After nearly two weeks of sun, rain, and fluctuating temperatures the woods look completely different! Everywhere high and low the beech trees have sent forth new delicate leaves, there are new unruly ground covers, and the flowers have changed. During my last walk, the bare tree branches still left the trails exposed to sun, cloud, and rain; but now a newly green and leafy canopy has enclosed the trail above and on all sides! There are now curtains upon curtains of translucent light green beech tree leaves in every direction.
There was a light rain all day yesterday, ok to enjoy the outdoors, but good idea to bring an umbrella just in case. The overcast sky created a beautiful diffused light. Walking through the woods surrounded by beech leaves was such a different experience from only two weeks ago. The leafy canopy not only offers some protection from the raindrops, but the leaf cover makes the woods sound softer. In the rain there was the soft tapping sounds of the raindrops falling onto the leaves; it sounded the same as rain on a camp tent, evoking a relaxing and cozy feeling of tent time (as long as the tent is keeping the occupants dry of course!).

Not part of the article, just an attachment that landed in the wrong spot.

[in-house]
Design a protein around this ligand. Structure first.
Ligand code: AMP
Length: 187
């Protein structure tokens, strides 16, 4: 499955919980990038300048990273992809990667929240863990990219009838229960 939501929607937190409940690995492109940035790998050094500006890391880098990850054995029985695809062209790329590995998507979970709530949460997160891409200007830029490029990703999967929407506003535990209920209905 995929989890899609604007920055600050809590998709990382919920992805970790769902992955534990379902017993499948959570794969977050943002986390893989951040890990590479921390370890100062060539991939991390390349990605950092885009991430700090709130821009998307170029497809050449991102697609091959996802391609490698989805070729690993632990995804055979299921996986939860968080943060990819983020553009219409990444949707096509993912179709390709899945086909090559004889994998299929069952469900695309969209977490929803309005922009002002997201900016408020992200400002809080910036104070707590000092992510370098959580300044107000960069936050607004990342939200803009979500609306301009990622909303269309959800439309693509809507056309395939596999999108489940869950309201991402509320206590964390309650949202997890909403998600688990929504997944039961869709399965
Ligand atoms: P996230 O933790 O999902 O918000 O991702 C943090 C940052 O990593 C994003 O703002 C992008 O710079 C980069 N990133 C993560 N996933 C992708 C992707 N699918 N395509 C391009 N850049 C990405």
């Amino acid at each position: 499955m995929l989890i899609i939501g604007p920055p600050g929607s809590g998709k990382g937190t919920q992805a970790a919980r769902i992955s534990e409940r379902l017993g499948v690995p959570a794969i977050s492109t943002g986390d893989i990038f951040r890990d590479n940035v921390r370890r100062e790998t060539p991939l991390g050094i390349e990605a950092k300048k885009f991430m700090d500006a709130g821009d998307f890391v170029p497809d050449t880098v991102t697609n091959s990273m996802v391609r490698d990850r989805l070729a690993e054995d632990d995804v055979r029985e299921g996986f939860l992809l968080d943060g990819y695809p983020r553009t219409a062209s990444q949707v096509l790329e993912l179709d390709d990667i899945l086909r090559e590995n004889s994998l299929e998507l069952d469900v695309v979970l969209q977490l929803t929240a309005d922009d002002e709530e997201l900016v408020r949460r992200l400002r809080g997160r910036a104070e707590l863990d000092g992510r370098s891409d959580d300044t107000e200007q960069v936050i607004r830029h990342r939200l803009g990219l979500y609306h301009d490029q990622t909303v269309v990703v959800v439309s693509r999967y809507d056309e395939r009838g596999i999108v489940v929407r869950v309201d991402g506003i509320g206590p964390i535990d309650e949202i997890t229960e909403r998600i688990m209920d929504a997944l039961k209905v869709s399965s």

As we approached the area where the owls had been spotted in previous weeks and looked up, we realized the walks with easy bird watching were over, at least until after the fall. Leaves layer each other and mostly the birds’ presence is only indicated by their songs.
As it was late in the day and the light was fading it wasn’t a long walk. A distant twinkle from a neighborhood lamp beyond the leaves and it was time to go home.
Paulownia tomentosa, also known as Empress Tree – exotic species native to Asia (according to the online Invasive Plant Atlas of the United States)